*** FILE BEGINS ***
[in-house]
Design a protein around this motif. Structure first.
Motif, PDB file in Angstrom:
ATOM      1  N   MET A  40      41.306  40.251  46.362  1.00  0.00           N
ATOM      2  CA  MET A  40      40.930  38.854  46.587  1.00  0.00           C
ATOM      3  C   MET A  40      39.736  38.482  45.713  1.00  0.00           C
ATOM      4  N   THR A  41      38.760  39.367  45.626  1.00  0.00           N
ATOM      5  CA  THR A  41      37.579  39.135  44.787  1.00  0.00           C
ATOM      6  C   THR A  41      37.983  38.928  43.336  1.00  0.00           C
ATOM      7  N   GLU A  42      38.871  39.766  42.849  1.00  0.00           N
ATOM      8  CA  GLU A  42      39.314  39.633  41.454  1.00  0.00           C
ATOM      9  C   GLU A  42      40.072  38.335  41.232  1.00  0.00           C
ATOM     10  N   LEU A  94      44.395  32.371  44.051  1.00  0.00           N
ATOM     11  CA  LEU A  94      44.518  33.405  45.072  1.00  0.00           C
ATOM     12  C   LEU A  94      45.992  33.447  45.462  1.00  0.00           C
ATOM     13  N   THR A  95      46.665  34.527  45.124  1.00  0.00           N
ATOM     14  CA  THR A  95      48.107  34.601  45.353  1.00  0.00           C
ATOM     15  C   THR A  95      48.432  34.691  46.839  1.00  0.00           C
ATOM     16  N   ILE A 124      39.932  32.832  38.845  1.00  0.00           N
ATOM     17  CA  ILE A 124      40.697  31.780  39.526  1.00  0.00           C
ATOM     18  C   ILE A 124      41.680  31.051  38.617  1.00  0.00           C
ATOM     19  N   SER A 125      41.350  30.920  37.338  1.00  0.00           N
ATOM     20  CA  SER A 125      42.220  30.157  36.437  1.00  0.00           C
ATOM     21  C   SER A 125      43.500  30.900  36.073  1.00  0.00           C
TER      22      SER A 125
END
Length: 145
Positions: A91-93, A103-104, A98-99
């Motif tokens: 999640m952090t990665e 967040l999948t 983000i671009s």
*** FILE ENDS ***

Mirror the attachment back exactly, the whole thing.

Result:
[in-house]
Design a protein around this motif. Structure first.
Motif, PDB file in Angstrom:
ATOM      1  N   MET A  40      41.306  40.251  46.362  1.00  0.00           N
ATOM      2  CA  MET A  40      40.930  38.854  46.587  1.00  0.00           C
ATOM      3  C   MET A  40      39.736  38.482  45.713  1.00  0.00           C
ATOM      4  N   THR A  41      38.760  39.367  45.626  1.00  0.00           N
ATOM      5  CA  THR A  41      37.579  39.135  44.787  1.00  0.00           C
ATOM      6  C   THR A  41      37.983  38.928  43.336  1.00  0.00           C
ATOM      7  N   GLU A  42      38.871  39.766  42.849  1.00  0.00           N
ATOM      8  CA  GLU A  42      39.314  39.633  41.454  1.00  0.00           C
ATOM      9  C   GLU A  42      40.072  38.335  41.232  1.00  0.00           C
ATOM     10  N   LEU A  94      44.395  32.371  44.051  1.00  0.00           N
ATOM     11  CA  LEU A  94      44.518  33.405  45.072  1.00  0.00           C
ATOM     12  C   LEU A  94      45.992  33.447  45.462  1.00  0.00           C
ATOM     13  N   THR A  95      46.665  34.527  45.124  1.00  0.00           N
ATOM     14  CA  THR A  95      48.107  34.601  45.353  1.00  0.00           C
ATOM     15  C   THR A  95      48.432  34.691  46.839  1.00  0.00           C
ATOM     16  N   ILE A 124      39.932  32.832  38.845  1.00  0.00           N
ATOM     17  CA  ILE A 124      40.697  31.780  39.526  1.00  0.00           C
ATOM     18  C   ILE A 124      41.680  31.051  38.617  1.00  0.00           C
ATOM     19  N   SER A 125      41.350  30.920  37.338  1.00  0.00           N
ATOM     20  CA  SER A 125      42.220  30.157  36.437  1.00  0.00           C
ATOM     21  C   SER A 125      43.500  30.900  36.073  1.00  0.00           C
TER      22      SER A 125
END
Length: 145
Positions: A91-93, A103-104, A98-99
């Motif tokens: 999640m952090t990665e 967040l999948t 983000i671009s």